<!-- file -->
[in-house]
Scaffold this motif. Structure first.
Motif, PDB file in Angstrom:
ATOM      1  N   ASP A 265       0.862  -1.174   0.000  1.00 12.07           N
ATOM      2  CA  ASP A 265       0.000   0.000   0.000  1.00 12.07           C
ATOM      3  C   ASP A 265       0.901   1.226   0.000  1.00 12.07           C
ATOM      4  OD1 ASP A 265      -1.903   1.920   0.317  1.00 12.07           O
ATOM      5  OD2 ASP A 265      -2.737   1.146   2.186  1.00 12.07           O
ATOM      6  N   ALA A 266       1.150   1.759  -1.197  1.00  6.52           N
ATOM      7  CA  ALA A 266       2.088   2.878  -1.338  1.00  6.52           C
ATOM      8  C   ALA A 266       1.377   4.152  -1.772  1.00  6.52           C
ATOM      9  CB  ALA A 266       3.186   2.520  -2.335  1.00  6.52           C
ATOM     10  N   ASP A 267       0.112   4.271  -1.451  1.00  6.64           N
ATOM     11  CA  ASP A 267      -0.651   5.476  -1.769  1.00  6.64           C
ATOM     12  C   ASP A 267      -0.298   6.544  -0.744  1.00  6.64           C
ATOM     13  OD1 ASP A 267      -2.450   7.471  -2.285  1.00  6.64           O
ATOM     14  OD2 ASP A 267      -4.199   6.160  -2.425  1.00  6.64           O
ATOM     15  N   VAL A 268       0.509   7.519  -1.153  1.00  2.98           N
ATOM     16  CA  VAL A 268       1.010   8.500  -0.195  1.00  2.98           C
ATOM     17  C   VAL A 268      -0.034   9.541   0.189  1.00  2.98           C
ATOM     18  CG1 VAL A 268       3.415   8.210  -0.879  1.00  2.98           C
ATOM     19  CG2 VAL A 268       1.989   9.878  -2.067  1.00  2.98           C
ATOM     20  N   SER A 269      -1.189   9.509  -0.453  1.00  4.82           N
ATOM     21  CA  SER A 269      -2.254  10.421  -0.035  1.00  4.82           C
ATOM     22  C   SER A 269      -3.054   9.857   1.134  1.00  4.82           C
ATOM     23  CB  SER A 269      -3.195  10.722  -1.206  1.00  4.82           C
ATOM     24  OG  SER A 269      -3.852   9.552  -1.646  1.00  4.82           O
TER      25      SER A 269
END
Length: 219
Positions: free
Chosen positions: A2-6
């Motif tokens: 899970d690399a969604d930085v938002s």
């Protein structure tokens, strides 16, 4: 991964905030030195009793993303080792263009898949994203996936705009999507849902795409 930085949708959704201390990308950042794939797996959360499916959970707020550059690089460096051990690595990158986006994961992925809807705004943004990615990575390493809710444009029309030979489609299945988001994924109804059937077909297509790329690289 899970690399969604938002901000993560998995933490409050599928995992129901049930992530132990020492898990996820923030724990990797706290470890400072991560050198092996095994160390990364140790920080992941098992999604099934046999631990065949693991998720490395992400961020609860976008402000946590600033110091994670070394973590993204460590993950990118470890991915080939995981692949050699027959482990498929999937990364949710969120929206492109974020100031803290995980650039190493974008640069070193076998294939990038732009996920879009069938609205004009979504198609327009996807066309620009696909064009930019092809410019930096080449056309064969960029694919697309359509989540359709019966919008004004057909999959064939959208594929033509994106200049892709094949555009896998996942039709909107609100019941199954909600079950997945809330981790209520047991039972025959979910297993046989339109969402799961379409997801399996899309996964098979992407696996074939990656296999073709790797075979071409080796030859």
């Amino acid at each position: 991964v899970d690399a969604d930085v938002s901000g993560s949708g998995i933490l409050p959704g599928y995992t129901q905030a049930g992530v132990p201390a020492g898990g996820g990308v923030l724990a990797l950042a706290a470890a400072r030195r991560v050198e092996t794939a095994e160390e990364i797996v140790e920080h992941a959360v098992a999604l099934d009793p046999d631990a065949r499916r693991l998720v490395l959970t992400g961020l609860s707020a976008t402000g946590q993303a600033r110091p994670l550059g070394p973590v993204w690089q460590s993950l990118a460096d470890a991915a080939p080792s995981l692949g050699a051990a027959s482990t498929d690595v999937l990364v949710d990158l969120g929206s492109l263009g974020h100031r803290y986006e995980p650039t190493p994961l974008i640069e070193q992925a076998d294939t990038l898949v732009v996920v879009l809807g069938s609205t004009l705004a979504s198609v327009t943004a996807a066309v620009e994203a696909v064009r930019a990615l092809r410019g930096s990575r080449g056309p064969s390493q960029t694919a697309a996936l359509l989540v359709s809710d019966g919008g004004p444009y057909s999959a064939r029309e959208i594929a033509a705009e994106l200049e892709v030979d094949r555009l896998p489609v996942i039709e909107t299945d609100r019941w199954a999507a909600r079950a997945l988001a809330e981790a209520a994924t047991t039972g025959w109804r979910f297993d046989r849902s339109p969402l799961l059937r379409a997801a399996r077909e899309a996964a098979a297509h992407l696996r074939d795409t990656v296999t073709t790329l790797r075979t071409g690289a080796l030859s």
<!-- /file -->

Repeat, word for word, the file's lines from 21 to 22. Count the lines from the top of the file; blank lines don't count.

ATOM     18  CG1 VAL A 268       3.415   8.210  -0.879  1.00  2.98           C
ATOM     19  CG2 VAL A 268       1.989   9.878  -2.067  1.00  2.98           C